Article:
Onida Perkel spent hours pacing the Arizona State Capitol’s lobby while dozens of bills passed through the House floor. She’d shown up on an April morning this year to tell state legislators about how her experience with school choice had had devastating consequences for her daughter, Bree.
She had spent months trying to get BASIS Scottsdale Primary to provide special instruction services for Bree, now 11, who has attention deficit hyperactivity disorder and severe anxiety attacks. Sometimes, Bree couldn’t sit still or keep on task. Her mother said teachers often scolded her.
“I just was always sad,” Bree said of the two years she attended BASIS schools, when she had two or three hours of homework nightly. Without special education services, her anxiety attacks worsened.
Because BASIS charter schools are public, they must serve every student picked from a lottery. But parents say students with disabilities or limited English skills often are pushed out later because they can’t get specialized services. Others are deterred from even applying.
Data from the National Center for Education Statistics for the 2014-15 school year – the most recent available – shows only six English-language learners were enrolled at BASIS’ Arizona charter schools. But company spokesman Phil Handler says state data says differently: There were 28 – about 0.3 percent of all students enrolled in those schools, compared with the national average of 9.4 percent.
A spokesman for the national statistics center said the data reflects how states administer English-language learner program funds and not necessarily the exact number of students enrolled.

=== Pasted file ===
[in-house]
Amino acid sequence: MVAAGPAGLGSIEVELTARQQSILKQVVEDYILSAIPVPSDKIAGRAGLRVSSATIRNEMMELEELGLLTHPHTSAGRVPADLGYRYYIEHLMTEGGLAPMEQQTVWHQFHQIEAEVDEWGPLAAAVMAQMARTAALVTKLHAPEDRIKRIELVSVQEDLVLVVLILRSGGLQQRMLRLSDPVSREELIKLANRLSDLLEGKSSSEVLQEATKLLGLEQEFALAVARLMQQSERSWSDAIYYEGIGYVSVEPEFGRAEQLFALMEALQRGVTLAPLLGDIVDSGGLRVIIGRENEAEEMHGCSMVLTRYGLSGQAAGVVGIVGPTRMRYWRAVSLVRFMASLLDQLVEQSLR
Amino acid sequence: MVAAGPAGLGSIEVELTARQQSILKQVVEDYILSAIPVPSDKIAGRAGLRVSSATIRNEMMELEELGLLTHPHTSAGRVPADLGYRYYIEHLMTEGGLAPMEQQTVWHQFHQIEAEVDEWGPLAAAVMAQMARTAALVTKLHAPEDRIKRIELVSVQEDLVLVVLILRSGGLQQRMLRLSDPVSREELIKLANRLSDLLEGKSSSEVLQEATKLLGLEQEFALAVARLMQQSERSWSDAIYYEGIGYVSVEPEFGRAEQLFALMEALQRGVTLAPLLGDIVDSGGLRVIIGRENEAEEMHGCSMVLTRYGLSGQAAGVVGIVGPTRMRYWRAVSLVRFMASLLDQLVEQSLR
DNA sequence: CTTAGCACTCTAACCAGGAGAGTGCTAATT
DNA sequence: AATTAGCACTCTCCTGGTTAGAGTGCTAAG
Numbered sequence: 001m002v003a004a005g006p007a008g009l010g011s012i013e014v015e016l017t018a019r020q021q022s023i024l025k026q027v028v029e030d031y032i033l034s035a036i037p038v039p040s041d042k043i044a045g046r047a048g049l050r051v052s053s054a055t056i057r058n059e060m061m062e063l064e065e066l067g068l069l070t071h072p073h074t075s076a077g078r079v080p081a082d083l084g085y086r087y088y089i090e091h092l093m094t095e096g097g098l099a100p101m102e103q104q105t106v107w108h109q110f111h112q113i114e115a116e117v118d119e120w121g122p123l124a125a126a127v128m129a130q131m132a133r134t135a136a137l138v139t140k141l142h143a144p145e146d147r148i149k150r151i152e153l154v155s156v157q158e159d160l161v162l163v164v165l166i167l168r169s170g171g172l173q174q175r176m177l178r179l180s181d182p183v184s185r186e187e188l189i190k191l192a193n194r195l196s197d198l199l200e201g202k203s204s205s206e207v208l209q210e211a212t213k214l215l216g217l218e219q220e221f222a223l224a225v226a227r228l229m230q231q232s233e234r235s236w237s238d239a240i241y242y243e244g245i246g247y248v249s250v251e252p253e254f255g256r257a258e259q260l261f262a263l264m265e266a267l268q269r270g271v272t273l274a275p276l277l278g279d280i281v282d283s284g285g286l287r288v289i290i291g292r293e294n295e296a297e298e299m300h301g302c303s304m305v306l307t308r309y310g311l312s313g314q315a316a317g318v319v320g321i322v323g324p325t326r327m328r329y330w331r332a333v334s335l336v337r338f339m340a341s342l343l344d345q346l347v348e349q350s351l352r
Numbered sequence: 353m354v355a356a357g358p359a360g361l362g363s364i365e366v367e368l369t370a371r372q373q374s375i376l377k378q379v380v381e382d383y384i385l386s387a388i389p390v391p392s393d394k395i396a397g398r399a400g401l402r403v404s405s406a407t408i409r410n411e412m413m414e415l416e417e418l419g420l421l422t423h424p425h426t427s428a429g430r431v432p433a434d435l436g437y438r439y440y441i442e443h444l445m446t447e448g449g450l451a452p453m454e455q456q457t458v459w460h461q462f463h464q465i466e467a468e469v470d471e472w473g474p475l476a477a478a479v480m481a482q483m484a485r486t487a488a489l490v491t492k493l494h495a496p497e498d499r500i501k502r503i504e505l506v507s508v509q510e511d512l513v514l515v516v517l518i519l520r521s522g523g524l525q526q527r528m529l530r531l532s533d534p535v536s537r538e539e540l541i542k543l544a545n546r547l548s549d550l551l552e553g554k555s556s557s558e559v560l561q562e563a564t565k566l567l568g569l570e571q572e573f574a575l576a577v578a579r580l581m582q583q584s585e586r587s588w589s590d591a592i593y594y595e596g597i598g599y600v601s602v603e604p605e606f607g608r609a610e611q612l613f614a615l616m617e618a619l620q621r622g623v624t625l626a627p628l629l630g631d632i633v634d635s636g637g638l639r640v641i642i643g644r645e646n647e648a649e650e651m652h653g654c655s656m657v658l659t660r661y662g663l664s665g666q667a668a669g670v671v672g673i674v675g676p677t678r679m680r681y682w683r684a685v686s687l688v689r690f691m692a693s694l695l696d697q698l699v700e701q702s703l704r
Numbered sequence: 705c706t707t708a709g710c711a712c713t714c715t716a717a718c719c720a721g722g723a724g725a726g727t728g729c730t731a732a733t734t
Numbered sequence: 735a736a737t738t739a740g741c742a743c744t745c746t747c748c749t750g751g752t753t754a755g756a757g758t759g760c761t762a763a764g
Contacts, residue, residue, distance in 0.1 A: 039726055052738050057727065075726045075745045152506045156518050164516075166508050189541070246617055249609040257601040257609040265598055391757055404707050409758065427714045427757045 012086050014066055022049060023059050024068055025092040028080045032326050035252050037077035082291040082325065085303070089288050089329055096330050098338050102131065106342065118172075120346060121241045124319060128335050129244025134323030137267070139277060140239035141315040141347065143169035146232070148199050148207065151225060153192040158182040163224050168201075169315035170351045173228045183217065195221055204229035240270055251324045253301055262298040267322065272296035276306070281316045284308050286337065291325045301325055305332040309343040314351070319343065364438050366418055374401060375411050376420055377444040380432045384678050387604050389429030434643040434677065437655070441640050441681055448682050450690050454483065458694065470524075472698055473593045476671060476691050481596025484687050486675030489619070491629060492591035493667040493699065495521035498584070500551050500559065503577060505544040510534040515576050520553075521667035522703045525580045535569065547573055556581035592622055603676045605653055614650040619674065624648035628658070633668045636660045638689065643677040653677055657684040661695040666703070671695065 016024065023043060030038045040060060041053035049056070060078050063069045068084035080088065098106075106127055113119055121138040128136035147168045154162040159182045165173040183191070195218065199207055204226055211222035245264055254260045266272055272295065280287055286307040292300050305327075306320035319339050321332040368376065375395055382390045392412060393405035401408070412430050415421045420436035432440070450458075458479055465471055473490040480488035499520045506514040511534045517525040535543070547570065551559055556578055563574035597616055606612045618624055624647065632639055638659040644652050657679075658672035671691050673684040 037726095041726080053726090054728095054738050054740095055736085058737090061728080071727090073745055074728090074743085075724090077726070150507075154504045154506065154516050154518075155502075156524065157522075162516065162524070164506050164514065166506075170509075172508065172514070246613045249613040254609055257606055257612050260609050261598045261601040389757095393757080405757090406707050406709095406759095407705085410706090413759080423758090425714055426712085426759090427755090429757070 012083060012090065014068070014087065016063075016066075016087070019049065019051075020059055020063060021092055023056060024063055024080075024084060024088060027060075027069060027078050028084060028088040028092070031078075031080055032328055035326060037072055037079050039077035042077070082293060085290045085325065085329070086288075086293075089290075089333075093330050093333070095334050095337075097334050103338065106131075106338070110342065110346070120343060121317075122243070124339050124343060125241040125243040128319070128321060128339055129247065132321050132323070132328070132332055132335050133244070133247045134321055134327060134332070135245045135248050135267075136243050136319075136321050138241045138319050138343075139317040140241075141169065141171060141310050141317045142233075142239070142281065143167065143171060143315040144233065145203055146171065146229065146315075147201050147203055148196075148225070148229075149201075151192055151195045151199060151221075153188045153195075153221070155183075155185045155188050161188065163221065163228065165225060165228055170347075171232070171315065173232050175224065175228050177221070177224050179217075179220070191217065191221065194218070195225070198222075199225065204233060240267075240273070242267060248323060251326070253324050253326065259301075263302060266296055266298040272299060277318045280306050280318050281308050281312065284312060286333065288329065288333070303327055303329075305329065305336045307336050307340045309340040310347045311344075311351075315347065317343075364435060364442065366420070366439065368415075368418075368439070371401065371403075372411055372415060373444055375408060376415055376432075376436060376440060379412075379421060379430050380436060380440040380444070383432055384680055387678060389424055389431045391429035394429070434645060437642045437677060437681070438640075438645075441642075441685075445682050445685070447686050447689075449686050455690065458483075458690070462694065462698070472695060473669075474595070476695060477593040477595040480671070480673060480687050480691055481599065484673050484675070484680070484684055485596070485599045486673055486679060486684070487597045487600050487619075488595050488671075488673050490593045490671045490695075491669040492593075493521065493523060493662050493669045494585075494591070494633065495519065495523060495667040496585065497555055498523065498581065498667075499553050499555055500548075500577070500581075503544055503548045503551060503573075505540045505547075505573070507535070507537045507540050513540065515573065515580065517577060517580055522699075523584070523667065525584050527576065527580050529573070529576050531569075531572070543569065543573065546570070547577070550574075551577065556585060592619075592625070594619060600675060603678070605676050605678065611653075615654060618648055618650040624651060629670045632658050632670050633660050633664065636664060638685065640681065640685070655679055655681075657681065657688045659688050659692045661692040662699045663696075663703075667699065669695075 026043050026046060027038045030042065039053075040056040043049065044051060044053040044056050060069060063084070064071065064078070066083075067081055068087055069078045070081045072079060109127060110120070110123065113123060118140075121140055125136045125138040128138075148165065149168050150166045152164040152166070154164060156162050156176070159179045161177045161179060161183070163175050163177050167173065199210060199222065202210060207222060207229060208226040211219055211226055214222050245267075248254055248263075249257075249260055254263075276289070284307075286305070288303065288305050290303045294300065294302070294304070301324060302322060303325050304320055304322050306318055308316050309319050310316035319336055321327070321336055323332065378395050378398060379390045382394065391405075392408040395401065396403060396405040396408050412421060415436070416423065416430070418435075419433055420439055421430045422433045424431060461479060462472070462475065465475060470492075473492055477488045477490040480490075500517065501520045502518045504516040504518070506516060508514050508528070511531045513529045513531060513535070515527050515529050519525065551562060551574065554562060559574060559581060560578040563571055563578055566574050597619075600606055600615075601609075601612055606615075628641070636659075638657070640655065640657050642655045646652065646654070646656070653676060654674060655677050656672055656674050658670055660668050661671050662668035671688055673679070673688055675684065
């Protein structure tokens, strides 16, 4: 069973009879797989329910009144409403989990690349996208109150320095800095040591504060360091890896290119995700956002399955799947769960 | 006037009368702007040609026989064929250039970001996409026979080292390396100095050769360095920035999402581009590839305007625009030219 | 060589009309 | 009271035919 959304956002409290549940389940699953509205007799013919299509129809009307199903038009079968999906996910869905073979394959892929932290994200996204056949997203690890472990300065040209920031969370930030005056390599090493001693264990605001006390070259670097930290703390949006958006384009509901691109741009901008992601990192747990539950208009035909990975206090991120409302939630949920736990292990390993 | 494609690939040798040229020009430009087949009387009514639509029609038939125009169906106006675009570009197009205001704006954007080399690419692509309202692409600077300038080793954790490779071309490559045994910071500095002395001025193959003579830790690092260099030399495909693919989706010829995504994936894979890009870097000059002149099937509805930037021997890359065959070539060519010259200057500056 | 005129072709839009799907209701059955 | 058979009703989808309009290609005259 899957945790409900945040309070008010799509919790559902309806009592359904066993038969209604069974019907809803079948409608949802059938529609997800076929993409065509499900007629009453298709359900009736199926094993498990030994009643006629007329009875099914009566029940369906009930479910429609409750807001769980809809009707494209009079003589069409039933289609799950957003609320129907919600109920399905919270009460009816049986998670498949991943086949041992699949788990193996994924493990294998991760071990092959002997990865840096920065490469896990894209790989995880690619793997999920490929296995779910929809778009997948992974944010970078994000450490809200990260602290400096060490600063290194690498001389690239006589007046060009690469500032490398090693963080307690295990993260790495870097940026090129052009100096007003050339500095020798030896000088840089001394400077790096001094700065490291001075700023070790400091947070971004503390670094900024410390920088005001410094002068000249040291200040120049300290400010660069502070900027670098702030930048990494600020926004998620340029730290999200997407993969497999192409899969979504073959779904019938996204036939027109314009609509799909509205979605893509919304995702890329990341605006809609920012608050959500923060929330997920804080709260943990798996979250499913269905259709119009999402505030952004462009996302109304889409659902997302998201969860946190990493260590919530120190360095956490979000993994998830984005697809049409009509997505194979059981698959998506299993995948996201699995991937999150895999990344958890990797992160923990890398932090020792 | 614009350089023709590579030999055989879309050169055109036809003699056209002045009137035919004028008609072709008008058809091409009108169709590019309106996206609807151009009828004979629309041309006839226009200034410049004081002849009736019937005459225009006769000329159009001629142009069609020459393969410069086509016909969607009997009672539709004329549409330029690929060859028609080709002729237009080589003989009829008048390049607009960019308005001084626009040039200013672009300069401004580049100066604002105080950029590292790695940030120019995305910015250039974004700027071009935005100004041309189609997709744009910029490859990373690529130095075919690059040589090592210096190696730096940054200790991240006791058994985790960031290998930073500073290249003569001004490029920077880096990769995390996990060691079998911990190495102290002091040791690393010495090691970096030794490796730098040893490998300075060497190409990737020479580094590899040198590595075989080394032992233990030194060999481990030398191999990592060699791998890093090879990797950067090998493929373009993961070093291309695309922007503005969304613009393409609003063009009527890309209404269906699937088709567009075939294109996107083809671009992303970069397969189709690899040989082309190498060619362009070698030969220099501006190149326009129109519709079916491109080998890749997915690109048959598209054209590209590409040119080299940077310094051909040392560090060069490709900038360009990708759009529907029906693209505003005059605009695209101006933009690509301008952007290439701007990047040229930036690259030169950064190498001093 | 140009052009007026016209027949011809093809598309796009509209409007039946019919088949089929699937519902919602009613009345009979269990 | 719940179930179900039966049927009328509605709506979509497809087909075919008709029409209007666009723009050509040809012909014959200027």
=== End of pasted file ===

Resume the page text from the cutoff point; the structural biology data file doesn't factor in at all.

The average enrollment for students with disabilities was less than 2 percent across 15 BASIS charter schools for which data were available. That same year, 13 percent of all public school students in the U.S. received special education services.
BASIS charter schools are not a realistic option for some families because most do not offer free lunch or transportation. Its Washington, D.C., and Phoenix South campuses are the only ones that participate in the federally subsidized lunch program.
Peter Bezanson, the BASIS.ed CEO, said enrollment of students with disabilities or those who are learning English has improved in recent years, especially with BASIS’ expansion into primary grades across the country. It also has made efforts to open schools in low-income areas, including South Phoenix, and increase outreach to Spanish-speaking families.
BASIS does make curriculum modifications, Bezanson said. But it does it so that students “can reach our graduation requirements.”
“In other words, we might increase the amount of time or do something different with the math curriculum in middle school to better prepare them for calculus in high school,” he said.
The U.S. Department of Education’s Office for Civil Rights began investigating BASIS after a teacher filed a complaint in July 2014, alleging that she and others were told during mandatory training that BASIS does not modify its curriculum for students with disabilities.
On another occasion, the teacher was told that “students are failed/retained if they are unable to master their curriculum without modifications,” according to the complaint.
BASIS accepted a voluntary resolution agreement in 2015 in lieu of a full investigation. It agreed to submit its special education policies and drafts of in-service training materials to the Office for Civil Rights, among other things.
Onida Perkel’s daughter had a 504 plan, which by federal law grants modifications for students with disabilities. But her mother says she didn’t get any.
After Bree struggled for months, the Perkels pursued an individualized education program, a blueprint for a child’s special education under the Individuals with Disabilities Education Act, in December 2015. It turned out that Bree needed special instruction for math calculation and organizational strategies.
Under federal law, an initial plan must be in place within 60 days of the first meeting. But a state investigation found it took five months of sometimes heated exchanges between Perkel and school administrators before BASIS Scottsdale Primary signed off on Bree’s initial plan.